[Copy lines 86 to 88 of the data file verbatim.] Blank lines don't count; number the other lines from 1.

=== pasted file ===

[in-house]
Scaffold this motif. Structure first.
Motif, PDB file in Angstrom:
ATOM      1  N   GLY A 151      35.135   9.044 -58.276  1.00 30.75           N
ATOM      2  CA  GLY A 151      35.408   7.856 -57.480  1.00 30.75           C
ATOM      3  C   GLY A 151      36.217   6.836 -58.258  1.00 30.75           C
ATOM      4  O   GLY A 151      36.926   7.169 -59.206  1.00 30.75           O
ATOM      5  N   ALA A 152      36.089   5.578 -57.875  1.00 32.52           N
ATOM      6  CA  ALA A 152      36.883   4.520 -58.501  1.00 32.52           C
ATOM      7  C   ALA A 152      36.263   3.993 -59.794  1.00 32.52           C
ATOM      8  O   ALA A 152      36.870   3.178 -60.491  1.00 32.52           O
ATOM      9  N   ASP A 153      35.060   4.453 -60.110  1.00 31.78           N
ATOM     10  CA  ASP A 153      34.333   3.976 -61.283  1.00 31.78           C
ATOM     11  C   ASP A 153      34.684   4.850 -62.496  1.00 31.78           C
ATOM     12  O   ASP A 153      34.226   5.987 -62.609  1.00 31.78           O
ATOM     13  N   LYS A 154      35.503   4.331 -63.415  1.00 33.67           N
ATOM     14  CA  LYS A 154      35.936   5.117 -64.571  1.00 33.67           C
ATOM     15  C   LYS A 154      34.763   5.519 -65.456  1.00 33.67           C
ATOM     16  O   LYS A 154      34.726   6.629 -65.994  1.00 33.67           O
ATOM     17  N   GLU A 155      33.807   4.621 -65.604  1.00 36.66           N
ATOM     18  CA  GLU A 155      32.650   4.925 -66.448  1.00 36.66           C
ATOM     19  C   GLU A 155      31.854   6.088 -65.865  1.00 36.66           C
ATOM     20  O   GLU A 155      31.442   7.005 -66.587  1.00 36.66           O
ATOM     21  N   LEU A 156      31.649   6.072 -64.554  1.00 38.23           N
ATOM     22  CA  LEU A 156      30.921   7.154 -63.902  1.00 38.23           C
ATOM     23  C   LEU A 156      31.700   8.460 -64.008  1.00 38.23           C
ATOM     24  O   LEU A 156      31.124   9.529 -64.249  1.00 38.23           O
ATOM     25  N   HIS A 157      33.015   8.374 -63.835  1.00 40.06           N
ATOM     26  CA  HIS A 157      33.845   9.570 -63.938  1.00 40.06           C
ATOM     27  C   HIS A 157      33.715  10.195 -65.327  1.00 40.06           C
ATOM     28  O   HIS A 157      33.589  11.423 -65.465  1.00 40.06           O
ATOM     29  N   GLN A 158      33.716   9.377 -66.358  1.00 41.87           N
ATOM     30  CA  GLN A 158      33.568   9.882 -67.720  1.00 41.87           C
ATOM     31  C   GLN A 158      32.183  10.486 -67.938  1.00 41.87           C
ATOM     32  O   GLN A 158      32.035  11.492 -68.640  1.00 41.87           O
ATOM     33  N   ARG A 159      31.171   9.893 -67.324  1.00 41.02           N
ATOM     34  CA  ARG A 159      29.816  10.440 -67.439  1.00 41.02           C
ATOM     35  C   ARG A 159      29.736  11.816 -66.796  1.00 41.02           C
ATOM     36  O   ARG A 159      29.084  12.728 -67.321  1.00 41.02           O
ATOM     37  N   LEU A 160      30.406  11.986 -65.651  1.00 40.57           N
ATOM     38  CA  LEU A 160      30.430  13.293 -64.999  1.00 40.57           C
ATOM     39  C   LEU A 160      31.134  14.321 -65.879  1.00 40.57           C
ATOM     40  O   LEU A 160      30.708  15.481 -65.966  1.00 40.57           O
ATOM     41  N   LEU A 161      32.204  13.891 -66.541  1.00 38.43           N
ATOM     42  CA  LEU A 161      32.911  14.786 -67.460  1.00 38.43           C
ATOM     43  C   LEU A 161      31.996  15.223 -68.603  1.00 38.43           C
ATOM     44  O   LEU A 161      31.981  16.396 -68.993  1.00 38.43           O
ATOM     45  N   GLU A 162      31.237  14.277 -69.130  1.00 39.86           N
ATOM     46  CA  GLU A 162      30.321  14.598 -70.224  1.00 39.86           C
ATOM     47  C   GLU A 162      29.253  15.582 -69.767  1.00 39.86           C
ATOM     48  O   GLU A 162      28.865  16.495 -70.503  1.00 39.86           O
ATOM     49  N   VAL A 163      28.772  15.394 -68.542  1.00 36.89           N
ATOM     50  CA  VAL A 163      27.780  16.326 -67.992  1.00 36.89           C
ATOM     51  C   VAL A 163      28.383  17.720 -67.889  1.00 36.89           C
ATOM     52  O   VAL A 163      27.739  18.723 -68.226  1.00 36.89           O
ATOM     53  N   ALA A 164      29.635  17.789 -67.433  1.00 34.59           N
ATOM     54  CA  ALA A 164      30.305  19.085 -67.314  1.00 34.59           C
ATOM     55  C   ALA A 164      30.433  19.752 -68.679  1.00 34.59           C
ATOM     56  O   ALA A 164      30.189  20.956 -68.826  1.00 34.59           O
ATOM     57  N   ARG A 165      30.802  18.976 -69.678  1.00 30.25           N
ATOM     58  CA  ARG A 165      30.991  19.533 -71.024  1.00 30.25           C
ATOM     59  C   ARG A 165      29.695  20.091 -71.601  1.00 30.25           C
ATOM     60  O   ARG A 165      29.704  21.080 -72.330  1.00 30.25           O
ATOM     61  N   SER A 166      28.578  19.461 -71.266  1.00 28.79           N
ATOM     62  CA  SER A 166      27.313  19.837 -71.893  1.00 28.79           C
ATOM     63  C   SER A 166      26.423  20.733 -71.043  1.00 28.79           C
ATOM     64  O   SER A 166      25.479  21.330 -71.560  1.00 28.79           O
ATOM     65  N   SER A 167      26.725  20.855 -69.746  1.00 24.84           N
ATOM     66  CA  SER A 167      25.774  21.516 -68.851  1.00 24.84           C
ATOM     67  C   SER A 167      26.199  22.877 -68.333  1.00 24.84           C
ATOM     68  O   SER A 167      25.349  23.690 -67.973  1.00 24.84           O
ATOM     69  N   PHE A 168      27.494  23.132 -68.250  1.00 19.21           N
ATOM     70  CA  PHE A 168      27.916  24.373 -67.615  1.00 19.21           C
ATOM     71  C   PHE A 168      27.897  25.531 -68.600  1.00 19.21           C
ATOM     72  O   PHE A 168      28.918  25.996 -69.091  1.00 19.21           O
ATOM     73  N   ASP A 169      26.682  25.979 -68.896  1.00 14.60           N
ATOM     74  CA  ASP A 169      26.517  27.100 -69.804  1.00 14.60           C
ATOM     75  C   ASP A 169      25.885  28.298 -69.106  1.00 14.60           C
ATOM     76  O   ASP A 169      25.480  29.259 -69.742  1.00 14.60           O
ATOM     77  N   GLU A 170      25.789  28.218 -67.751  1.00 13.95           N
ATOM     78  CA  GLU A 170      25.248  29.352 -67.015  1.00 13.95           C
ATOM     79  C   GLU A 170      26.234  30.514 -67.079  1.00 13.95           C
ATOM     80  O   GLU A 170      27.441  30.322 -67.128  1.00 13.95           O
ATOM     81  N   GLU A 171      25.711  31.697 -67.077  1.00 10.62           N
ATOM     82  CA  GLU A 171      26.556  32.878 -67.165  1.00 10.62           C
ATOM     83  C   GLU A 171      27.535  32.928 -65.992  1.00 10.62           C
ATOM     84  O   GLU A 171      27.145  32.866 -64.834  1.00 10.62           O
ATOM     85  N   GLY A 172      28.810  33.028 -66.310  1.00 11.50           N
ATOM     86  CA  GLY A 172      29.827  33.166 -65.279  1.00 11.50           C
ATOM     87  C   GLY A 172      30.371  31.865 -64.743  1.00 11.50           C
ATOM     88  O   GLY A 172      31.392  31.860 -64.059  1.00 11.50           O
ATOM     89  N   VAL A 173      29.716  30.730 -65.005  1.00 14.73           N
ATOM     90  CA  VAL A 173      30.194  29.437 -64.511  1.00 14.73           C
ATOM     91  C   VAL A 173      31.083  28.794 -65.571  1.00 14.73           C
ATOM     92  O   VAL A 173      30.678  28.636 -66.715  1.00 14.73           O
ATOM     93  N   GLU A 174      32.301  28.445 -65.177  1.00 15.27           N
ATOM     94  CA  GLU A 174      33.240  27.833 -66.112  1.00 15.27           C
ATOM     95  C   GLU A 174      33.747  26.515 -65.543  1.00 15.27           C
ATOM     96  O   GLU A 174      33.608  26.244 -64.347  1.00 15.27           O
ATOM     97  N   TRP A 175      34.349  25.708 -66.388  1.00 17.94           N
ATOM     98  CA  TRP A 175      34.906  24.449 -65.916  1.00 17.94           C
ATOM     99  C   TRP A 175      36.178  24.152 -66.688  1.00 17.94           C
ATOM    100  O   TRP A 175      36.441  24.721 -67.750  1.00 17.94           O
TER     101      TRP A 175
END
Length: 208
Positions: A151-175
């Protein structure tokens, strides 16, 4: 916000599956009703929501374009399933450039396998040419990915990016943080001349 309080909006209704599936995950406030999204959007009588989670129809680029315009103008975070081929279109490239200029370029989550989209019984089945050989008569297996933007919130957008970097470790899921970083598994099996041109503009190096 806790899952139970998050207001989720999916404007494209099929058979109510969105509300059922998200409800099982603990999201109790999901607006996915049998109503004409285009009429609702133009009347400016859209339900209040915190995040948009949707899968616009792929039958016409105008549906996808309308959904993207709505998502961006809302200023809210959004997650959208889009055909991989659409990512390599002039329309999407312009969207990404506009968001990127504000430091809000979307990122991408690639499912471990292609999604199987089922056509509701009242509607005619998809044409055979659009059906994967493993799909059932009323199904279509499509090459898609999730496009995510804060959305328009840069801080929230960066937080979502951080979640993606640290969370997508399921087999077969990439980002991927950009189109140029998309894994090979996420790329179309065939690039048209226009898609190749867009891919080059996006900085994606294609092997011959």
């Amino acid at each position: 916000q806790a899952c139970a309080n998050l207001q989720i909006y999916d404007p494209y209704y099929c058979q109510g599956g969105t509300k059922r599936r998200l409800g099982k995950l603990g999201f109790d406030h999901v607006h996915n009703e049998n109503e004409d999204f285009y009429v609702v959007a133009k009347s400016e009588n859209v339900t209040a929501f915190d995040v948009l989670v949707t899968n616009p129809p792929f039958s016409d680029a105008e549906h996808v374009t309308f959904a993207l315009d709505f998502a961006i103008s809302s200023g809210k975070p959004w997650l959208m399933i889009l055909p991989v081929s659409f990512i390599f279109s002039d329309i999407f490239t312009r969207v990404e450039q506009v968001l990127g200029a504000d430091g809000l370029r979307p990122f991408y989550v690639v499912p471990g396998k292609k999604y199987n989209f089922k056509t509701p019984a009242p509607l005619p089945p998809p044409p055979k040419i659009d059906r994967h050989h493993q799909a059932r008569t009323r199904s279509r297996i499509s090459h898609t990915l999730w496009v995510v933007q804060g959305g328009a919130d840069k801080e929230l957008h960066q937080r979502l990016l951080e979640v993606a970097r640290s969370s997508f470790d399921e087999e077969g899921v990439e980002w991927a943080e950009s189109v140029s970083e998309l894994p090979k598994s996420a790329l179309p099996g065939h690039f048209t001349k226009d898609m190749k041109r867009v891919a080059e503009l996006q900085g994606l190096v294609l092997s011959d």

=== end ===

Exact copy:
ATOM     83  C   GLU A 171      27.535  32.928 -65.992  1.00 10.62           C
ATOM     84  O   GLU A 171      27.145  32.866 -64.834  1.00 10.62           O
ATOM     85  N   GLY A 172      28.810  33.028 -66.310  1.00 11.50           N